Exoplanet mission launch slot announced

November 26, 2018, European Space Agency
Cheops at ESA's technical centre. Credit: ESA–A. Conigli

The Characterising Exoplanet Satellite, Cheops, will target 15 October to 14 November 2019 for launch.

Cheops will lift off on a Soyuz rocket operated by Arianespace from Europe's spaceport in Kourou, sharing the ride into space with a satellite that is part of the Italian Cosmo-SkyMed constellation. The two satellites will separate in turn into their own orbits soon after ascent, with Cheops operating in a low-Earth orbit at an altitude of 700 km.

The satellite will observe individual bright stars that are known to host exoplanets, in particular those in the Earth-to-Neptune size range. By targeting known planets, Cheops will know exactly when and where to point to catch the exoplanet as it transits across the disk of its . Its ability to observe multiple transits of each planet will enable scientists to achieve the high-precision transit signatures that are needed to measure the sizes of small planets.

The combination of the accurate and precise sizes determined by Cheops with masses determined from other measurements will be used to establish the bulk density of the planets, placing constraints on their composition; these, together with information on the host stars and the planet orbits, will provide key insight into the formation and evolutionary history of in the super-Earth to Neptune size range.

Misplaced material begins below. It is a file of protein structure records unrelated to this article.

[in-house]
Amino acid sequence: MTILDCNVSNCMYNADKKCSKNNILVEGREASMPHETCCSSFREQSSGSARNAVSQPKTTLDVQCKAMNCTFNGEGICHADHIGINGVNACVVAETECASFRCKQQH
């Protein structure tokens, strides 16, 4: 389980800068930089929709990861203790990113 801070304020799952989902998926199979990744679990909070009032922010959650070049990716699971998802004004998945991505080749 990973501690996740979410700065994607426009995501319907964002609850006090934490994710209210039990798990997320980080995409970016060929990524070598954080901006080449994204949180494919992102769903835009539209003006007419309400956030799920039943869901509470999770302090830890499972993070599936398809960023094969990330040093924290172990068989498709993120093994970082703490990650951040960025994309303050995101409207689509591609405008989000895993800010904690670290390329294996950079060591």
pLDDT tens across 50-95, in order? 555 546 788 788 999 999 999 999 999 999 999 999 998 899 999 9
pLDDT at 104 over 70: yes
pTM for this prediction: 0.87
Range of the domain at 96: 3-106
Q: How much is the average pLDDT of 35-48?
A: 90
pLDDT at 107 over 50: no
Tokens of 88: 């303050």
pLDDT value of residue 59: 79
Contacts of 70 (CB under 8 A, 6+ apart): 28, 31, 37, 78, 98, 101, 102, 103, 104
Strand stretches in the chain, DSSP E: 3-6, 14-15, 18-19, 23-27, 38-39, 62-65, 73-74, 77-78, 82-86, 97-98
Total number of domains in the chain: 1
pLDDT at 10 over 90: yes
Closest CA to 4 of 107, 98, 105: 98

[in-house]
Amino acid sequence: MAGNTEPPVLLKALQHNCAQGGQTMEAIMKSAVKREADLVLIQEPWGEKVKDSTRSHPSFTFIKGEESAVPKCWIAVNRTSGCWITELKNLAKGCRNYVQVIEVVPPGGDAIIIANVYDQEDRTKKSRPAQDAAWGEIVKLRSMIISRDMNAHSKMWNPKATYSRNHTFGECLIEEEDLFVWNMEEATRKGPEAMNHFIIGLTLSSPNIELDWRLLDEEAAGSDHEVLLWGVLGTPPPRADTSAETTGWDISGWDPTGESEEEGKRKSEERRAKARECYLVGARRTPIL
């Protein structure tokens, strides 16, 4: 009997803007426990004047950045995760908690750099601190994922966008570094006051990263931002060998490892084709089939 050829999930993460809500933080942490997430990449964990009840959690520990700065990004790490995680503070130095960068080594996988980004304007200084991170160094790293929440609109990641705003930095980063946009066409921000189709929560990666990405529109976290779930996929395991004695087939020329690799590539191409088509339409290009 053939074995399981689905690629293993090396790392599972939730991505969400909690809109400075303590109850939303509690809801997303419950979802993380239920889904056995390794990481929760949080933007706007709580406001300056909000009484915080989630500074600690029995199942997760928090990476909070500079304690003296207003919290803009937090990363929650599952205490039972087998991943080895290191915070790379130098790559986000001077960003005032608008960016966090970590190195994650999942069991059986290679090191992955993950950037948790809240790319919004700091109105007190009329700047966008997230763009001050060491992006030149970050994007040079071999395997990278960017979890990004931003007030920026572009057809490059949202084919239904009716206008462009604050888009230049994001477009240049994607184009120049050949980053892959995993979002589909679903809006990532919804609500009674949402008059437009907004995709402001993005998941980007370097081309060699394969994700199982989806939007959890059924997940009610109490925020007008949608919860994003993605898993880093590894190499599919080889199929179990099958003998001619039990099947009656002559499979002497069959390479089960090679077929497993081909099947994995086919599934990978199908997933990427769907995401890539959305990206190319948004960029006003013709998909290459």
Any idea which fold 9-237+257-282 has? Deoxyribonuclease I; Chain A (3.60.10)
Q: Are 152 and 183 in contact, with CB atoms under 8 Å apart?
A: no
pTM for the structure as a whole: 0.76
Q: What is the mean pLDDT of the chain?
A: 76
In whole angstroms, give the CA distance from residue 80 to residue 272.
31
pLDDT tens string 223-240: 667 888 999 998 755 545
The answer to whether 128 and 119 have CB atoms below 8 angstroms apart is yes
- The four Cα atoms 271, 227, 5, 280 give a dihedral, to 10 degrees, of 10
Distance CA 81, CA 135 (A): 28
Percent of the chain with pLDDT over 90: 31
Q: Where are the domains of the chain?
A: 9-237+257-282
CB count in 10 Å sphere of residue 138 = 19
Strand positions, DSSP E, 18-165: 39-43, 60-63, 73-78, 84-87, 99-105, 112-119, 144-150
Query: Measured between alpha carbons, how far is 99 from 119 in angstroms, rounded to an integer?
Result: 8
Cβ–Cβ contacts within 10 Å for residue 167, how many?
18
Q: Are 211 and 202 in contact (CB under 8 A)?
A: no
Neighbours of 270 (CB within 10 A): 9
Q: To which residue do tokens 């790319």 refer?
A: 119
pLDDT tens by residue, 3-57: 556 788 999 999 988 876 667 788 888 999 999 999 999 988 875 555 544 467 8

Cheops observing in space. Credit: European Space Agency

The , which recently completed its environmental test campaign at ESA's technical centre in the Netherlands, is currently at Airbus Defence and Space, Spain to perform final tests, ahead of being declared fit for launch in early 2019.

To engage and inspire different audiences with this exciting mission, Cheops will carry two plaques etched with thousands of miniaturised drawings made by , while the rocket fairing will feature a colourful design that was selected in a public competition aimed at graphic artists earlier this year.

Explore further: Image: The integrated Cheops satellite

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